WTI: Mildly positive above $51.00 amid mixed plays of demand-supply and risk
- WTI registers a three-day winning streak.
- Risk-on helped markets earlier, talks of OPEC+ supply cut keep buyers happy off-late.
- Pessimism concerning China’s coronavirus exert downside pressure.
WTI gains 0.4% while marking $51.40 as the quote during the initial trading session on Friday. In doing so, the black gold extends the previous two day’s recovery. Even so, fears of slower demand, mainly due to China’s coronavirus, cap the upside.
Despite witnessing an increase in inventory numbers, oil prices managed to recover following the latest activity numbers from the global powerhouses like the US, EU and the UK.
Also supporting the bounce are talks concerning an extension of the supply cut agreement by the Organization of the Petroleum Exporting Countries (OPEC) and its allies including Russia, mostly known as OPEC+. As per the latest report from Reuters, OPEC+ panel proposed 600,000 barrels per day (bpd) oil output cut, the same will start immediately and continue until June if agreed by all members. Following this, Russia’s Foreign Minister Sergei Lavrov said that they back the OPEC+ recommendation to deepen output cuts.
Even so, the energy benchmark’s reaction seems to be capped by the latest risk reset. The underlying reason could be traced from the renewed fears of China’s coronavirus. Not only RBA Governor Philip Lowe and Japan’s Economy Minister Nishimura but global rating giants like Moody’s and Fitch also portrayed the worries emanating from the epidemic.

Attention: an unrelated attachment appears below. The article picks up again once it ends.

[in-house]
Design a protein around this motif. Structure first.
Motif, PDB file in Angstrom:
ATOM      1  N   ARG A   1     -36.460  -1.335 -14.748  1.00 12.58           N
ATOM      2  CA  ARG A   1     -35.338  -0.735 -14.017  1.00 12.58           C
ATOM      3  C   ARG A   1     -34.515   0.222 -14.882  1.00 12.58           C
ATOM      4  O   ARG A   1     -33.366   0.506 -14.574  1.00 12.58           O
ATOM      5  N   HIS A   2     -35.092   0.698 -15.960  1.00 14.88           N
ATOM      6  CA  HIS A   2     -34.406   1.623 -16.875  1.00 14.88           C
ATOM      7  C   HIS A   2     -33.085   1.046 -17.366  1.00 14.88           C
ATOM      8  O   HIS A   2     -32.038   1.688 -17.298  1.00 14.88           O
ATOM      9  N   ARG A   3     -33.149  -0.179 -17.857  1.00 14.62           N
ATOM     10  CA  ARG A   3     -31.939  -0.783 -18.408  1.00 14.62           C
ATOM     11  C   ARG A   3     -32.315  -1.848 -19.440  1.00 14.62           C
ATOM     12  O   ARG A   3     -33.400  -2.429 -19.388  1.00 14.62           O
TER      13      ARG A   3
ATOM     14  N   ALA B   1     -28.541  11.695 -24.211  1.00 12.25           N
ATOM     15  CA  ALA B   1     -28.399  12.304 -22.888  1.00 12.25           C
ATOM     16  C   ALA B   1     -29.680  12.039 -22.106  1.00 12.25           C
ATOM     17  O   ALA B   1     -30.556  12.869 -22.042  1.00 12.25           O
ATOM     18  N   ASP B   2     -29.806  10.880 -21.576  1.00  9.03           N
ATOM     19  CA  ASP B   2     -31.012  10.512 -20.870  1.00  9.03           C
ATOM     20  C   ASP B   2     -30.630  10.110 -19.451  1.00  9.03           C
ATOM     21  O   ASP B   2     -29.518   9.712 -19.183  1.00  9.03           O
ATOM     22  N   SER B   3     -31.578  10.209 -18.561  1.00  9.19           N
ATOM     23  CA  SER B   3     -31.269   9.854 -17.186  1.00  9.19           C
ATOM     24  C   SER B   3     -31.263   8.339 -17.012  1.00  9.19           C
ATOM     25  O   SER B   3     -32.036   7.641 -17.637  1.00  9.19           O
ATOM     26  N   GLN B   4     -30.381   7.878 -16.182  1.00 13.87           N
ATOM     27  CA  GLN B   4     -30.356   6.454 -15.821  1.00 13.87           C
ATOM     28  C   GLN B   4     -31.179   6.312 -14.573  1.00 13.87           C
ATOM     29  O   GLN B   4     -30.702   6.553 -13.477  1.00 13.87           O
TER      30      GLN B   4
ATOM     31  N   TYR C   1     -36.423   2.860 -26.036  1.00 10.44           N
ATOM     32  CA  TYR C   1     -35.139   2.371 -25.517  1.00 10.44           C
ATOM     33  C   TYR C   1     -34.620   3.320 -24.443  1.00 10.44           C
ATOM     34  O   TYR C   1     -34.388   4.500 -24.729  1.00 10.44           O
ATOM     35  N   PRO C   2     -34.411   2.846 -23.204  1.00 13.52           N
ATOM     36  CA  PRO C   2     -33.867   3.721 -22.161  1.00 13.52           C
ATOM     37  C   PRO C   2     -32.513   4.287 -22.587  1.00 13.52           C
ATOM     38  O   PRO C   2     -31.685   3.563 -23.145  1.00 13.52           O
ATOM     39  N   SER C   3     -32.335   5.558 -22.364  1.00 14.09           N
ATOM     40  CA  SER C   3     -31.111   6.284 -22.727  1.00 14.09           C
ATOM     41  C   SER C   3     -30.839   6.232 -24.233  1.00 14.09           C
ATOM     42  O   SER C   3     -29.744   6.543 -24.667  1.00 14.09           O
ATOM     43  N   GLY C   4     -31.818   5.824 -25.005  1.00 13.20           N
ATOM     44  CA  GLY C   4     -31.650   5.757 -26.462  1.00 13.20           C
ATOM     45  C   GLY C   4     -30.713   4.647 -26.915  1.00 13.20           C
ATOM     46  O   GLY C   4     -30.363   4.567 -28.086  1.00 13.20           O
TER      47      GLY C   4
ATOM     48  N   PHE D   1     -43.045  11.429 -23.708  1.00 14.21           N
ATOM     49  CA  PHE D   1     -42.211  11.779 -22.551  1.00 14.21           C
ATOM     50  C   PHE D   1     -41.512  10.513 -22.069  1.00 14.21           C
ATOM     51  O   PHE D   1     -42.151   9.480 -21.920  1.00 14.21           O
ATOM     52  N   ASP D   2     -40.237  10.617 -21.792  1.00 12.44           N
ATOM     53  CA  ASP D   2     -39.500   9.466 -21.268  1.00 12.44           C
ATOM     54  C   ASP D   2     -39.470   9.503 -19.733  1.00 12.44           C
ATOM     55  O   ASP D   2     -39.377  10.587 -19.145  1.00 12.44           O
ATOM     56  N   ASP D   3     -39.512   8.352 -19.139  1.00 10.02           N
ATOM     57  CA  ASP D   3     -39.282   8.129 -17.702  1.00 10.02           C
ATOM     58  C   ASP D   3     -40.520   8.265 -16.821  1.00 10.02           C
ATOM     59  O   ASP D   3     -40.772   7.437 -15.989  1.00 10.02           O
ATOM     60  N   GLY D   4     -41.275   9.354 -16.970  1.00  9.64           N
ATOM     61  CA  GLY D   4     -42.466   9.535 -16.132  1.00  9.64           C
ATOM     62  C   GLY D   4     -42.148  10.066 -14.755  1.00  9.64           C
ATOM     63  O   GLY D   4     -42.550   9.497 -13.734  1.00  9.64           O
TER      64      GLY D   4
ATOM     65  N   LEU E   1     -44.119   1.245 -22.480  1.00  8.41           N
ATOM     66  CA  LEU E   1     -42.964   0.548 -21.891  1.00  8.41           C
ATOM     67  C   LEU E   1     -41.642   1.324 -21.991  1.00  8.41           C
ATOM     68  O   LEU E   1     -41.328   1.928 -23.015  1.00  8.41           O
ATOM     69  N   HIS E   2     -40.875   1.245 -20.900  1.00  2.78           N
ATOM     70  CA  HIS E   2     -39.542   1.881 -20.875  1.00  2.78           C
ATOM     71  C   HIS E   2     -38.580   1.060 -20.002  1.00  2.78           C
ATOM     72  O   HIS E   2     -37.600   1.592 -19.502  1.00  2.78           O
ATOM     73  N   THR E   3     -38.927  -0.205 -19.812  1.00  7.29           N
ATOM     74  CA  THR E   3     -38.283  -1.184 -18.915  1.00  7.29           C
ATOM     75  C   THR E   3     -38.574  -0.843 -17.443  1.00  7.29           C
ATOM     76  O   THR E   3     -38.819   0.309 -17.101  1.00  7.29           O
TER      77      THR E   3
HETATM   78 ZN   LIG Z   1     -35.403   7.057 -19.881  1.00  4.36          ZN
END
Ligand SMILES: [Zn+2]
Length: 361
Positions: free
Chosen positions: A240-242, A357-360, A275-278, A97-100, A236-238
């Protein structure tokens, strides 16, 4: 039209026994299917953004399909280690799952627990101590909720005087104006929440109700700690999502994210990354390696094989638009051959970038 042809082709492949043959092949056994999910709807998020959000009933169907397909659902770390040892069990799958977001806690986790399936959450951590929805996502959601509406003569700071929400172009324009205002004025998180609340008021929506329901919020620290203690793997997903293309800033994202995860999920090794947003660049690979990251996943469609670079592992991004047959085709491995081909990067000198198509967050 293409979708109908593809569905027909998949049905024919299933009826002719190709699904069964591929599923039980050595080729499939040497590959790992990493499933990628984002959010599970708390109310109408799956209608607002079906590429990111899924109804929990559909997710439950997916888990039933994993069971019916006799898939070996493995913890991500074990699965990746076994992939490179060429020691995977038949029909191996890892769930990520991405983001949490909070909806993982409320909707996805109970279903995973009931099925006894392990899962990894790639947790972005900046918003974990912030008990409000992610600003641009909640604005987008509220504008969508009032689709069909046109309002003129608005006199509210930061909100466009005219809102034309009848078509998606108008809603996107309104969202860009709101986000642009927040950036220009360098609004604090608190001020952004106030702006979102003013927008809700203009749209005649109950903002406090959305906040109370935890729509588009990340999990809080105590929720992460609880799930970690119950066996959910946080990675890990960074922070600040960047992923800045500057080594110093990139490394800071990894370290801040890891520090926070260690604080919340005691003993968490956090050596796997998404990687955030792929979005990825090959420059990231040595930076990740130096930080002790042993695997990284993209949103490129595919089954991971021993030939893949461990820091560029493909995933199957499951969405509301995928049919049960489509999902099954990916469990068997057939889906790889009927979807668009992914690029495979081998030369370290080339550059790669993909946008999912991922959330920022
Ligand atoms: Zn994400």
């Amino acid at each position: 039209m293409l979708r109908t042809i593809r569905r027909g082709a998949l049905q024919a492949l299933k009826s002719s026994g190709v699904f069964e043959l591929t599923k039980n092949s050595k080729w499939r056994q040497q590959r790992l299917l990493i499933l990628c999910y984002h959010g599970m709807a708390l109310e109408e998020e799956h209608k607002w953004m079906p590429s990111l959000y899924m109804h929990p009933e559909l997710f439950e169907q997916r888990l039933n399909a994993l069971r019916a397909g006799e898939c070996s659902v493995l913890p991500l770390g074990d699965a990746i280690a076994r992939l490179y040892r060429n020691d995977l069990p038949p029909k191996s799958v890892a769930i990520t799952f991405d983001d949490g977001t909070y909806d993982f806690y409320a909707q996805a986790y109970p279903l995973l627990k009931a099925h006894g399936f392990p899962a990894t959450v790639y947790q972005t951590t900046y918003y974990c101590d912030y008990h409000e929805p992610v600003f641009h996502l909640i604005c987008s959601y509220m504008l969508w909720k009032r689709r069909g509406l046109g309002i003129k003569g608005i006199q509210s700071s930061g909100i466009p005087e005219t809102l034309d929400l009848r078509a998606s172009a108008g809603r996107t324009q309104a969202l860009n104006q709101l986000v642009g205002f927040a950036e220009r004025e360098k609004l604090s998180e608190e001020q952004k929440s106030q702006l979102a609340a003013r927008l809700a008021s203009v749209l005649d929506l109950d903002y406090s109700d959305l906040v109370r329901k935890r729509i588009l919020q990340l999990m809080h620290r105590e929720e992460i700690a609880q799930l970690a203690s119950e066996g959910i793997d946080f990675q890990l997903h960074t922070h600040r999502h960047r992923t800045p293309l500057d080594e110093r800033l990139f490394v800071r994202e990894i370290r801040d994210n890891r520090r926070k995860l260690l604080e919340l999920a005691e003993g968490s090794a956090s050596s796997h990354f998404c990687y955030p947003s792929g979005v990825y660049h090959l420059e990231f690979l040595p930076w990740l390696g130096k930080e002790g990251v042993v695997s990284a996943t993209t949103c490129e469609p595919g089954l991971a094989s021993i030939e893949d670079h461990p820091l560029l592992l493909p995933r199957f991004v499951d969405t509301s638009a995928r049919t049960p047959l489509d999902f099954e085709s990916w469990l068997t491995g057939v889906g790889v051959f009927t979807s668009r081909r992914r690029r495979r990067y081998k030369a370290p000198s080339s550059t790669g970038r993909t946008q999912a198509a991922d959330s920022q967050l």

That said, the US 10-year treasury yields snap two-day-old recovery to 1.63% whereas most Asian stocks are also negative, even if being mildly in loss, by the press time.
Looking forward, traders will keep eyes on the US employment data and Baker Hughes Rig Counts for fresh impulse. While January month employment numbers from the US are more likely to keep the US dollar on the front foot, a sustained decline in rig counts could help energy optimists. It’s worth mentioning that the US dollar is generally observed as having a negative correlation with commodities including oil.
10-day SMA, near $51.85 now, followed by January 29 top of $54.37, limits the quote’s short-term upside whereas $50.00 holds the key to the yearly low of $49.40 as well as late-December 2018 top surrounding $47.00.